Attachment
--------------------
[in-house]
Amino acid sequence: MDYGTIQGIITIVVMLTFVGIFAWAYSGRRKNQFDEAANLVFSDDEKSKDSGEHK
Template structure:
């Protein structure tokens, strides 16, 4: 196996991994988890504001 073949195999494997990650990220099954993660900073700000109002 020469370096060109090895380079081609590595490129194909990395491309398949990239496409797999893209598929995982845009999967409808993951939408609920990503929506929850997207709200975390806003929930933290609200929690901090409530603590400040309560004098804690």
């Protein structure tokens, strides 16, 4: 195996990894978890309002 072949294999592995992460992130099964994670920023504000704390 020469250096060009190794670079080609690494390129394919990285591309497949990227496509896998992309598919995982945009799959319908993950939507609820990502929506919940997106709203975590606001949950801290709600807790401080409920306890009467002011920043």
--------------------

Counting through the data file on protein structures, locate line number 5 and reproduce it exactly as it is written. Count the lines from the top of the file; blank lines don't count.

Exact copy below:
């Protein structure tokens, strides 16, 4: 195996990894978890309002 072949294999592995992460992130099964994670920023504000704390 020469250096060009190794670079080609690494390129394919990285591309497949990227496509896998992309598919995982945009799959319908993950939507609820990502929506919940997106709203975590606001949950801290709600807790401080409920306890009467002011920043």